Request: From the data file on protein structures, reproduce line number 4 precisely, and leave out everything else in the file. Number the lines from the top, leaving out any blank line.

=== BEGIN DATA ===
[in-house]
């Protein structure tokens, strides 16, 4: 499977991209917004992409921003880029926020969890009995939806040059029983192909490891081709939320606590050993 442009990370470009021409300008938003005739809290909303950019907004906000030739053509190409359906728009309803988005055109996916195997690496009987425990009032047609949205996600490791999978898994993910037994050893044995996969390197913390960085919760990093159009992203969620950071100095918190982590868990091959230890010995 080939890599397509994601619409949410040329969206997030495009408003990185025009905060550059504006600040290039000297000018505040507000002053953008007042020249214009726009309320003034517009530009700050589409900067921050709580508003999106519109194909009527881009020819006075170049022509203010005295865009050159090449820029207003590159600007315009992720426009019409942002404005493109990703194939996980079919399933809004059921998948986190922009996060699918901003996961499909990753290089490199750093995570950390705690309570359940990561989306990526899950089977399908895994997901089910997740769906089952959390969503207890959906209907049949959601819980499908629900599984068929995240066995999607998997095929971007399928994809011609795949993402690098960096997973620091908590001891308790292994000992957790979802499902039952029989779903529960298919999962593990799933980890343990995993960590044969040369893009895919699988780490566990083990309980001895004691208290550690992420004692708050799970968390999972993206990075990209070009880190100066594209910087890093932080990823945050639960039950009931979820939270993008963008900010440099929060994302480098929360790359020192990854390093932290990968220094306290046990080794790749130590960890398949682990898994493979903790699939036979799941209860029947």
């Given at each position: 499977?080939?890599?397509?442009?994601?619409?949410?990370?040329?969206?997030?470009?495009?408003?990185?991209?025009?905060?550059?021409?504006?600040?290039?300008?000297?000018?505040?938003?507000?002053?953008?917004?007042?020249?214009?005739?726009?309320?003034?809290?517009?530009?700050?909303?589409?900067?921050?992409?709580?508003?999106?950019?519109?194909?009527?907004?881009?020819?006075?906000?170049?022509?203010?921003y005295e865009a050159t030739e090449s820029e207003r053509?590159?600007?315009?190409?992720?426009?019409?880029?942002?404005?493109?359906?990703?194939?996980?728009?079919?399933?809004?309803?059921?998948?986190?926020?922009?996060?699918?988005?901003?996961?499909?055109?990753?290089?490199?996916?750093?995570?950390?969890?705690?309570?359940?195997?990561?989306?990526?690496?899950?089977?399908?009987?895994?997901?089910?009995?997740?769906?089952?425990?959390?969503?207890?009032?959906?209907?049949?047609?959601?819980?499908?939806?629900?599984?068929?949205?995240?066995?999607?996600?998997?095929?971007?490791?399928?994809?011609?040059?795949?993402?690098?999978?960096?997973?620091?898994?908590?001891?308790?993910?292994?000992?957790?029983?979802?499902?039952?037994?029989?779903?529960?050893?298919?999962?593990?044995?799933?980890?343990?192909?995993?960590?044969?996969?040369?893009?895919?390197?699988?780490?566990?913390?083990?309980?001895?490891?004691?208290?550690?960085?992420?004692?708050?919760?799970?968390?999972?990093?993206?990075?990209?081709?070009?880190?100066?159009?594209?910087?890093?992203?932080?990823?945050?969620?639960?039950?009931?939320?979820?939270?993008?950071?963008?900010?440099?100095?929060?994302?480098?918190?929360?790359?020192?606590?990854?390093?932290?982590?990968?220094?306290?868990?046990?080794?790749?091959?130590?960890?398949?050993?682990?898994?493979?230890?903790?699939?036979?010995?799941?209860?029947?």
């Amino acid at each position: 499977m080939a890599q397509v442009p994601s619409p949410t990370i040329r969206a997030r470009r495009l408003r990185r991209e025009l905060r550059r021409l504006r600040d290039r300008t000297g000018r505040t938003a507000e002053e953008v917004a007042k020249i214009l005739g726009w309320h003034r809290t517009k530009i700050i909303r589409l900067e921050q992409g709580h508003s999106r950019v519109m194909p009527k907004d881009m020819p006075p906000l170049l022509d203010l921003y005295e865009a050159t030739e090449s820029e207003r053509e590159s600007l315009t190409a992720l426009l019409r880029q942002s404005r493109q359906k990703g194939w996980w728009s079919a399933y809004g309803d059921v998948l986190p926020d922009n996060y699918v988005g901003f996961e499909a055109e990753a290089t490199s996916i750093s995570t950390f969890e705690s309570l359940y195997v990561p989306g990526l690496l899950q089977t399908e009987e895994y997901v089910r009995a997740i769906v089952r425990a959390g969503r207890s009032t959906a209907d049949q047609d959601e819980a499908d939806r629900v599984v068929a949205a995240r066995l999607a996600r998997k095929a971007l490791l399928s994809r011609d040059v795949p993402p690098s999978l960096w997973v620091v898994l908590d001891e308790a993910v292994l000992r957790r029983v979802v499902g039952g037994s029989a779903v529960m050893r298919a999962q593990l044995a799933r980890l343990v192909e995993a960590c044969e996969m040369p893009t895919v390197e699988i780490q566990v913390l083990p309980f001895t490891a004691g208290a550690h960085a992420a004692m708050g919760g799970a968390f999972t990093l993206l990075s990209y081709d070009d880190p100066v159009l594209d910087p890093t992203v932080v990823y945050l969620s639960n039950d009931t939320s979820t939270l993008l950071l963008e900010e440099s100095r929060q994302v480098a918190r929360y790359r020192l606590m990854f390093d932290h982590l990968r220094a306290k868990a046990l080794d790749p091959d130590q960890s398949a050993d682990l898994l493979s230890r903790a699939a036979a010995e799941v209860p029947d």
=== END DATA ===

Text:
């Amino acid at each position: 499977m080939a890599q397509v442009p994601s619409p949410t990370i040329r969206a997030r470009r495009l408003r990185r991209e025009l905060r550059r021409l504006r600040d290039r300008t000297g000018r505040t938003a507000e002053e953008v917004a007042k020249i214009l005739g726009w309320h003034r809290t517009k530009i700050i909303r589409l900067e921050q992409g709580h508003s999106r950019v519109m194909p009527k907004d881009m020819p006075p906000l170049l022509d203010l921003y005295e865009a050159t030739e090449s820029e207003r053509e590159s600007l315009t190409a992720l426009l019409r880029q942002s404005r493109q359906k990703g194939w996980w728009s079919a399933y809004g309803d059921v998948l986190p926020d922009n996060y699918v988005g901003f996961e499909a055109e990753a290089t490199s996916i750093s995570t950390f969890e705690s309570l359940y195997v990561p989306g990526l690496l899950q089977t399908e009987e895994y997901v089910r009995a997740i769906v089952r425990a959390g969503r207890s009032t959906a209907d049949q047609d959601e819980a499908d939806r629900v599984v068929a949205a995240r066995l999607a996600r998997k095929a971007l490791l399928s994809r011609d040059v795949p993402p690098s999978l960096w997973v620091v898994l908590d001891e308790a993910v292994l000992r957790r029983v979802v499902g039952g037994s029989a779903v529960m050893r298919a999962q593990l044995a799933r980890l343990v192909e995993a960590c044969e996969m040369p893009t895919v390197e699988i780490q566990v913390l083990p309980f001895t490891a004691g208290a550690h960085a992420a004692m708050g919760g799970a968390f999972t990093l993206l990075s990209y081709d070009d880190p100066v159009l594209d910087p890093t992203v932080v990823y945050l969620s639960n039950d009931t939320s979820t939270l993008l950071l963008e900010e440099s100095r929060q994302v480098a918190r929360y790359r020192l606590m990854f390093d932290h982590l990968r220094a306290k868990a046990l080794d790749p091959d130590q960890s398949a050993d682990l898994l493979s230890r903790a699939a036979a010995e799941v209860p029947d």